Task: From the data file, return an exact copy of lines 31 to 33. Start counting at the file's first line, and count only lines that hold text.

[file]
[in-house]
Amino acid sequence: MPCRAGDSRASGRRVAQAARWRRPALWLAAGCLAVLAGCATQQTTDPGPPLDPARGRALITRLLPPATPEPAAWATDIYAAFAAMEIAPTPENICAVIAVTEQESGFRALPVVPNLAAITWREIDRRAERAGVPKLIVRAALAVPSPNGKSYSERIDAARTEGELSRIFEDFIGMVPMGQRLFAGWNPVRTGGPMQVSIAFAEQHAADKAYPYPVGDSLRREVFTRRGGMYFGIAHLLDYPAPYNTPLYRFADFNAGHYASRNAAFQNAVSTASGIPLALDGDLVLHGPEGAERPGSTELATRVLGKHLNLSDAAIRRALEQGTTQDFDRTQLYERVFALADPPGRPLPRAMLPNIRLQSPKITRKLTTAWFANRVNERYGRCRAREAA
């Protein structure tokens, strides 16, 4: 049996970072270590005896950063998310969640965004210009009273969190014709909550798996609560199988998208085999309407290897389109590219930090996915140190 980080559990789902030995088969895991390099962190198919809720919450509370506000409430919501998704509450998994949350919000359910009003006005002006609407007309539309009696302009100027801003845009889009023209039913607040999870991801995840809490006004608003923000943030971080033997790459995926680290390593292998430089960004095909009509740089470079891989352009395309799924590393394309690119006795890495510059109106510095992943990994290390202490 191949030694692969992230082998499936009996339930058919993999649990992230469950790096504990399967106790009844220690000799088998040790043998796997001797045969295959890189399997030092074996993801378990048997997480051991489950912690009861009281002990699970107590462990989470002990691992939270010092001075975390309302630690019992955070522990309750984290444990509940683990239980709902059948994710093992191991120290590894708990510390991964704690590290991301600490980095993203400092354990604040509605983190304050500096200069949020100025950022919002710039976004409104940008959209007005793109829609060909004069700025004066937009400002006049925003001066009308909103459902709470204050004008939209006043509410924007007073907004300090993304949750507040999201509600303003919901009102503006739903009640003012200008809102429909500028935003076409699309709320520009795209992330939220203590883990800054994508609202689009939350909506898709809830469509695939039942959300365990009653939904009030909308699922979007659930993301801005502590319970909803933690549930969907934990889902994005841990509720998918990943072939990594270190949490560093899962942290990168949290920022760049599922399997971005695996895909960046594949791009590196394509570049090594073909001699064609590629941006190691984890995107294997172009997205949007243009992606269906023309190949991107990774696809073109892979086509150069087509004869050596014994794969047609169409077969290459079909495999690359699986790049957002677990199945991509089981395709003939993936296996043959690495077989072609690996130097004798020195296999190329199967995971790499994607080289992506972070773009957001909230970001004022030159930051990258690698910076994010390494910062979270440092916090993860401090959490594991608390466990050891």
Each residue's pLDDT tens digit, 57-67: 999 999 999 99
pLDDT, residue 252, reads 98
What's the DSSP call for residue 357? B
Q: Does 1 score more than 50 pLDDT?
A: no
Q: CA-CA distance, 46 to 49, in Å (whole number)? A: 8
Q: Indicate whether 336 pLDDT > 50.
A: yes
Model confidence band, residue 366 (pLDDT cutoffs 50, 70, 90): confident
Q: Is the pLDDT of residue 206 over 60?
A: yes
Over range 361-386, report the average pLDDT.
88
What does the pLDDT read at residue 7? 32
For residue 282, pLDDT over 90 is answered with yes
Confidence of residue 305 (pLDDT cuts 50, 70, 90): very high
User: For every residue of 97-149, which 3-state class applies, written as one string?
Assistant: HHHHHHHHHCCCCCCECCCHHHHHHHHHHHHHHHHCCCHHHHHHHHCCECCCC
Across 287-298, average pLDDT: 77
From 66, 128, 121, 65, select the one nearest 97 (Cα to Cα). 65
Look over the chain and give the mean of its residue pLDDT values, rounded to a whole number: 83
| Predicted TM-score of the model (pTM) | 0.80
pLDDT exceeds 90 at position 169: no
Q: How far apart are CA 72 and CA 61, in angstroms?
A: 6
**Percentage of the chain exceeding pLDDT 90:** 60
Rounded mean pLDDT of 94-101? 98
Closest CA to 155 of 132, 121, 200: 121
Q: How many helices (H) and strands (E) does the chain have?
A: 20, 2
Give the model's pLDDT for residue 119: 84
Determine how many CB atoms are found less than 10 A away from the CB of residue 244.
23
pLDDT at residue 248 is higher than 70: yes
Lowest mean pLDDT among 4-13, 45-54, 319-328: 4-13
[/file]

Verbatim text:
Closest CA to 155 of 132, 121, 200: 121
Q: How many helices (H) and strands (E) does the chain have?
A: 20, 2